Thursday, 18 June 2015

Middlemarch: taking a wife

Chapter 36:
"... Lydgate thought that after all his wild mistakes and absurd credulity, he had found perfect womanhood—felt as if already breathed upon by exquisite wedded affection such as would be bestowed by an accomplished creature who venerated his high musings and momentous labours and would never interfere with them; who would create order in the home and accounts with still magic, yet keep her fingers ready to touch the lute and transform life into romance at any moment; who was instructed to the true womanly limit and not a hair's-breadth beyonddocile, therefore, and ready to carry out behests which came from that limit. It was plainer now than ever that his notion of remaining much longer a bachelor had been a mistake: marriage would not be an obstruction but a furtherance..."
It's reminiscent of a passage from chapter 29:
"In spite of the blinking eyes and white moles objectionable to Celia, and the want of muscular curve which was morally painful to Sir James, Mr. Casaubon had an intense consciousness within him, and was spiritually a-hungered like the rest of us. He had done nothing exceptional in marrying—nothing but what society sanctions, and considers an occasion for wreaths and bouquets. It had occurred to him that he must not any longer defer his intention of matrimony, and he had reflected that in taking a wife, a man of good position should expect and carefully choose a blooming young lady—the younger the better, because more educable and submissive—of a rank equal to his own, of religious principles, virtuous disposition, and good understanding. On such a young lady he would make handsome settlements, and he would neglect no arrangement for her happiness: in return, he should receive family pleasures and leave behind him that copy of himself which seemed so urgently required of a man—to the sonneteers of the sixteenth century. Times had altered since then, and no sonneteer had insisted on Mr. Casaubon's leaving a copy of himself; moreover, he had not yet succeeded in issuing copies of his mythological key; but he had always intended to acquit himself by marriage, and the sense that he was fast leaving the years behind him, that the world was getting dimmer and that he felt lonely, was a reason to him for losing no more time in overtaking domestic delights before they too were left behind by the years.
And when he had seen Dorothea he believed that he had found even more than he demanded: she might really be such a helpmate to him as would enable him to dispense with a hired secretary, an aid which Mr. Casaubon had never yet employed and had a suspicious dread of. (Mr. Casaubon was nervously conscious that he was expected to manifest a powerful mind.) Providence, in its kindness, had supplied him with the wife he needed. A wife, a modest young lady, with the purely appreciative, unambitious abilities of her sex, is sure to think her husband's mind powerful. Whether Providence had taken equal care of Miss Brooke in presenting her with Mr. Casaubon was an idea which could hardly occur to him. Society never made the preposterous demand that a man should think as much about his own qualifications for making a charming girl happy as he thinks of hers for making himself happy. As if a man could choose not only his wife but his wife's husband! Or as if he were bound to provide charms for his posterity in his own person!— When Dorothea accepted him with effusion, that was only natural; and Mr. Casaubon believed that his happiness was going to begin..."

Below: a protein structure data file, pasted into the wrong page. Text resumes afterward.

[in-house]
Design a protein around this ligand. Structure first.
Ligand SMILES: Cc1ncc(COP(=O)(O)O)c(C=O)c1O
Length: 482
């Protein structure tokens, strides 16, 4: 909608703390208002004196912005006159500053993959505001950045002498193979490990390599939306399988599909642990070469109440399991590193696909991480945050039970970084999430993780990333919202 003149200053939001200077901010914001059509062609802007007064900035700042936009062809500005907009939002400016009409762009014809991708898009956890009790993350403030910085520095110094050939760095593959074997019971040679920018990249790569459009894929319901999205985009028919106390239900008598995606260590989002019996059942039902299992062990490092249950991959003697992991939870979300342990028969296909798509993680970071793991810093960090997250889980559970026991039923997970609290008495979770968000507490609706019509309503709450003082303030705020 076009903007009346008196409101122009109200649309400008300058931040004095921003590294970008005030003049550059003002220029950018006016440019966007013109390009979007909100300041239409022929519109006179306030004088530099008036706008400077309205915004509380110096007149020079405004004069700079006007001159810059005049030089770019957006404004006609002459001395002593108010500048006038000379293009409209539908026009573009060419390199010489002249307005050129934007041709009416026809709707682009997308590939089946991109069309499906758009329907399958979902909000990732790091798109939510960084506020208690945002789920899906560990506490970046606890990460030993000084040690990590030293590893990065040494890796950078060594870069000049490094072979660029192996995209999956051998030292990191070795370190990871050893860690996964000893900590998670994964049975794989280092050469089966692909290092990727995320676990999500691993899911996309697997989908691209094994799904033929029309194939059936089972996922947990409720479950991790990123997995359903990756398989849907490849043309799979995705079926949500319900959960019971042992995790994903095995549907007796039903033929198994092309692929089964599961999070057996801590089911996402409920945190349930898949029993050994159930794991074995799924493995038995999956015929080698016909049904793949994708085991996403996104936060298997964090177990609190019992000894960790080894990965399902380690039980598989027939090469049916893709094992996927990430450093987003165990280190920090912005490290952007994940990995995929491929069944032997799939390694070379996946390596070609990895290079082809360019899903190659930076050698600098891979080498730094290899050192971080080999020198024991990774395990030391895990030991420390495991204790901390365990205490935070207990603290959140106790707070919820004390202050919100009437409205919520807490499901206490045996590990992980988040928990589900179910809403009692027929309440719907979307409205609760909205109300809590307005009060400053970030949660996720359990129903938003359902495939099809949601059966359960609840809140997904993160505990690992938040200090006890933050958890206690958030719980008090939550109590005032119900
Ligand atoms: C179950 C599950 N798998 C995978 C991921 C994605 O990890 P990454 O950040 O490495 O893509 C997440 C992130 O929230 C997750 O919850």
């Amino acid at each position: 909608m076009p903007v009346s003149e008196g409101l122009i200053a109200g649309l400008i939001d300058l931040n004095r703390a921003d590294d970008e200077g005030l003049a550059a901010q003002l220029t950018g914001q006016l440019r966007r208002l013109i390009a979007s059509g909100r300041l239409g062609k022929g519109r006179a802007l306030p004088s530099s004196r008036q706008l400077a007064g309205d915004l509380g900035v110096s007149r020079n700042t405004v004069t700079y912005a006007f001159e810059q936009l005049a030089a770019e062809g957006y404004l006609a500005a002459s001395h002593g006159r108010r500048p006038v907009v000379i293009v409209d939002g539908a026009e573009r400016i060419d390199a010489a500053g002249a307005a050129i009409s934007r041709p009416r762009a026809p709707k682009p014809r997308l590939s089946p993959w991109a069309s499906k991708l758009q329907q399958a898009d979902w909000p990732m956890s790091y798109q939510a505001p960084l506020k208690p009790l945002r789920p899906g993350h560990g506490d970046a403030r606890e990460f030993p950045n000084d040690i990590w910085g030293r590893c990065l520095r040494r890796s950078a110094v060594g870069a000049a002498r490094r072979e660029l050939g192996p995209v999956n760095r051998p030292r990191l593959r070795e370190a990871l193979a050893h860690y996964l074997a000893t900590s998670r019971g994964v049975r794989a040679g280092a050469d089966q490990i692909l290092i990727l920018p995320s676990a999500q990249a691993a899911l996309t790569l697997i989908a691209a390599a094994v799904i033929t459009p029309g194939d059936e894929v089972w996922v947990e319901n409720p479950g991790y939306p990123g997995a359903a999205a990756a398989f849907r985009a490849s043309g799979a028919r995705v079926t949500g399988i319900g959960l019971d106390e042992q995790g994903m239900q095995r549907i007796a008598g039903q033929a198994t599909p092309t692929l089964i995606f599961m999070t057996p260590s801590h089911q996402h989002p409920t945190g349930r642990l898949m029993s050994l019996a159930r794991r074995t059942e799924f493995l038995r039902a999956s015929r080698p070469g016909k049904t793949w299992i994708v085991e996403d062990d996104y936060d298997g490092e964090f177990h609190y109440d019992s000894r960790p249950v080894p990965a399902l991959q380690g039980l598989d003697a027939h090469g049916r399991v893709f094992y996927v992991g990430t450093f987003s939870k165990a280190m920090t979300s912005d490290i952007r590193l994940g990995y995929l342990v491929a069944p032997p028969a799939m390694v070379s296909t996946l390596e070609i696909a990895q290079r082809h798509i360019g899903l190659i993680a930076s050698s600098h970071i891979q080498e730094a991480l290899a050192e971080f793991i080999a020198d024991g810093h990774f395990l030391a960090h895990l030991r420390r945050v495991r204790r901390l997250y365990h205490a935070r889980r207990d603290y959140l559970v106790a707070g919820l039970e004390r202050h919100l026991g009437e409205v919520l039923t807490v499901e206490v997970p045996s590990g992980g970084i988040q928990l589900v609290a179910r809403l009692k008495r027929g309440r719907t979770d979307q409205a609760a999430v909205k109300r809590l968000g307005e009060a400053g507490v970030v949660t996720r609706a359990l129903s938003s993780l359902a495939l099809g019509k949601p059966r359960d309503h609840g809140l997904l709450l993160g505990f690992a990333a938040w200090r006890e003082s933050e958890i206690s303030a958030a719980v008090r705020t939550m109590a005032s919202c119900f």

It becomes clearer at this point that George Eliot does want the Lydgate- Rosamond relationship to parallel the Casaubon- Dorothea relationship. There is love in the former- chapter 31 is marvellous, especially the tête-à-tête between Rosamond and her aunt Mrs Bulstrode, and the meeting between Rosamond and Lydgate when, the moment their eyes meet, Lydgate realises that flirtation has turned into love. In personality, world view, aspirations, longings... the 2 men differ, as the 2 women differ. However, through these couples, George Eliot demonstrates the inequalities and injustices in society, the consequences of the lack of opportunities for women, and the condescending view men have on women at the time. If Jane Austen critiques the patriarchal society through focusing on courtship, George Eliot carries the point further by also writing about marriage. Both Lydgate and Casaubon think mostly of themselves when contemplating marriage, and expect women to be inferior, docile, submissive. In both couples, the man and the woman have different ideas and expectations about marriage. The author stresses the parallels even more strongly when making Lydgate choose a period of 6 weeks for courtship and preparation of marriage, which is the same amount of time Casaubon has earlier chosen. 
Nevertheless, it may be too easy to say. Maybe the one to suffer now will be Lydgate, not Rosamond. Maybe he will see his dreams and aspirations thwarted as Dorothea does. This is not even half of the novel.

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